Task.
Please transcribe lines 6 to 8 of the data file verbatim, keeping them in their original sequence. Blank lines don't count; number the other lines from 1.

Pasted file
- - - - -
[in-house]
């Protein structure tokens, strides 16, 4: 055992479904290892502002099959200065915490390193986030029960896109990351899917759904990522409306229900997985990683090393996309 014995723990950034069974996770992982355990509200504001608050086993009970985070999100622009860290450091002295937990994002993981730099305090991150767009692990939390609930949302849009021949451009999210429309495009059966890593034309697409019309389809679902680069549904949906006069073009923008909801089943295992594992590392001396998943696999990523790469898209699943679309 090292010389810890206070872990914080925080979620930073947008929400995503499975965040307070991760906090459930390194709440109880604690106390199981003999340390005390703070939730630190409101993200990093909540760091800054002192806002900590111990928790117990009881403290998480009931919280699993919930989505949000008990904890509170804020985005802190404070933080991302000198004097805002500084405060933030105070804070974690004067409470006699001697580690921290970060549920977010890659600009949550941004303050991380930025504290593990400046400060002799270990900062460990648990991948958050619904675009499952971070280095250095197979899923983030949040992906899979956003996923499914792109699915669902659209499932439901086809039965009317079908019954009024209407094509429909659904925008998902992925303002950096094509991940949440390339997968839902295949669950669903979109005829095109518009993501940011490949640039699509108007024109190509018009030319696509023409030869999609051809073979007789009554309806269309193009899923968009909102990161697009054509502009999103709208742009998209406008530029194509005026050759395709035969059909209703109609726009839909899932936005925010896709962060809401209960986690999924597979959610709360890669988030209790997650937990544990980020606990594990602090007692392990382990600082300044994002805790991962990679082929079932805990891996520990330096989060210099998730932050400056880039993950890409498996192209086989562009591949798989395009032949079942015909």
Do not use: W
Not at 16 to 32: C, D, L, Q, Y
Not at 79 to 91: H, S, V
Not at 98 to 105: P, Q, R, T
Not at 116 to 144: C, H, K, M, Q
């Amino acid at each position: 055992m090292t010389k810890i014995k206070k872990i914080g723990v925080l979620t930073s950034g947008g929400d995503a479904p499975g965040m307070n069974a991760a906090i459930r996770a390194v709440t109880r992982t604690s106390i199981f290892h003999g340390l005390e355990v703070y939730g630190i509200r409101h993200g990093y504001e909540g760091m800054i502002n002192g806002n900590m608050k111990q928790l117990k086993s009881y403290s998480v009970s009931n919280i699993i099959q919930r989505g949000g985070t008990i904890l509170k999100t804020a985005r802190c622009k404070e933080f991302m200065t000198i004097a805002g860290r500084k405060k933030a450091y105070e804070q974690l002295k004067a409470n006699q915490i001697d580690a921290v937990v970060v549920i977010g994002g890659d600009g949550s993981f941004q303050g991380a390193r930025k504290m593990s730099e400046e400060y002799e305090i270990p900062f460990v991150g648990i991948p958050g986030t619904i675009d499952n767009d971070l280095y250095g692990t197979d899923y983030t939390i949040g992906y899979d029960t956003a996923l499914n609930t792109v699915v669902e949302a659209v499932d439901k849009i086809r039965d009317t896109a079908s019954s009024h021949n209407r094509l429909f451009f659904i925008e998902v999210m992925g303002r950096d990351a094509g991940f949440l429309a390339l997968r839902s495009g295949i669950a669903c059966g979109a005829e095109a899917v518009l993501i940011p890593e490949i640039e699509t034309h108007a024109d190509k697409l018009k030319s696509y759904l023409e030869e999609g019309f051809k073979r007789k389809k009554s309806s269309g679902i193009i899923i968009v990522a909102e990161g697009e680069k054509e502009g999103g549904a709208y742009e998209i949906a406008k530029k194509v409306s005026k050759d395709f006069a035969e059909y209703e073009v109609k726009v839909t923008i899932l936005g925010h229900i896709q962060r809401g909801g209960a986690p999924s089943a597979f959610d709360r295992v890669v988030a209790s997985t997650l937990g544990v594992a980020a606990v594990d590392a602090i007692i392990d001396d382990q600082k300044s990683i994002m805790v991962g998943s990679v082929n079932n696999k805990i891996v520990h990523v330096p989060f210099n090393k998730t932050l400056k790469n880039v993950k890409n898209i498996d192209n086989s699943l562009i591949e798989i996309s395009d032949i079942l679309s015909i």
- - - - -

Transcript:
Not at 98 to 105: P, Q, R, T
Not at 116 to 144: C, H, K, M, Q
């Amino acid at each position: 055992m090292t010389k810890i014995k206070k872990i914080g723990v925080l979620t930073s950034g947008g929400d995503a479904p499975g965040m307070n069974a991760a906090i459930r996770a390194v709440t109880r992982t604690s106390i199981f290892h003999g340390l005390e355990v703070y939730g630190i509200r409101h993200g990093y504001e909540g760091m800054i502002n002192g806002n900590m608050k111990q928790l117990k086993s009881y403290s998480v009970s009931n919280i699993i099959q919930r989505g949000g985070t008990i904890l509170k999100t804020a985005r802190c622009k404070e933080f991302m200065t000198i004097a805002g860290r500084k405060k933030a450091y105070e804070q974690l002295k004067a409470n006699q915490i001697d580690a921290v937990v970060v549920i977010g994002g890659d600009g949550s993981f941004q303050g991380a390193r930025k504290m593990s730099e400046e400060y002799e305090i270990p900062f460990v991150g648990i991948p958050g986030t619904i675009d499952n767009d971070l280095y250095g692990t197979d899923y983030t939390i949040g992906y899979d029960t956003a996923l499914n609930t792109v699915v669902e949302a659209v499932d439901k849009i086809r039965d009317t896109a079908s019954s009024h021949n209407r094509l429909f451009f659904i925008e998902v999210m992925g303002r950096d990351a094509g991940f949440l429309a390339l997968r839902s495009g295949i669950a669903c059966g979109a005829e095109a899917v518009l993501i940011p890593e490949i640039e699509t034309h108007a024109d190509k697409l018009k030319s696509y759904l023409e030869e999609g019309f051809k073979r007789k389809k009554s309806s269309g679902i193009i899923i968009v990522a909102e990161g697009e680069k054509e502009g999103g549904a709208y742009e998209i949906a406008k530029k194509v409306s005026k050759d395709f006069a035969e059909y209703e073009v109609k726009v839909t923008i899932l936005g925010h229900i896709q962060r809401g909801g209960a986690p999924s089943a597979f959610d709360r295992v890669v988030a209790s997985t997650l937990g544990v594992a980020a606990v594990d590392a602090i007692i392990d001396d382990q600082k300044s990683i994002m805790v991962g998943s990679v082929n079932n696999k805990i891996v520990h990523v330096p989060f210099n090393k998730t932050l400056k790469n880039v993950k890409n898209i498996d192209n086989s699943l562009i591949e798989i996309s395009d032949i079942l679309s015909i």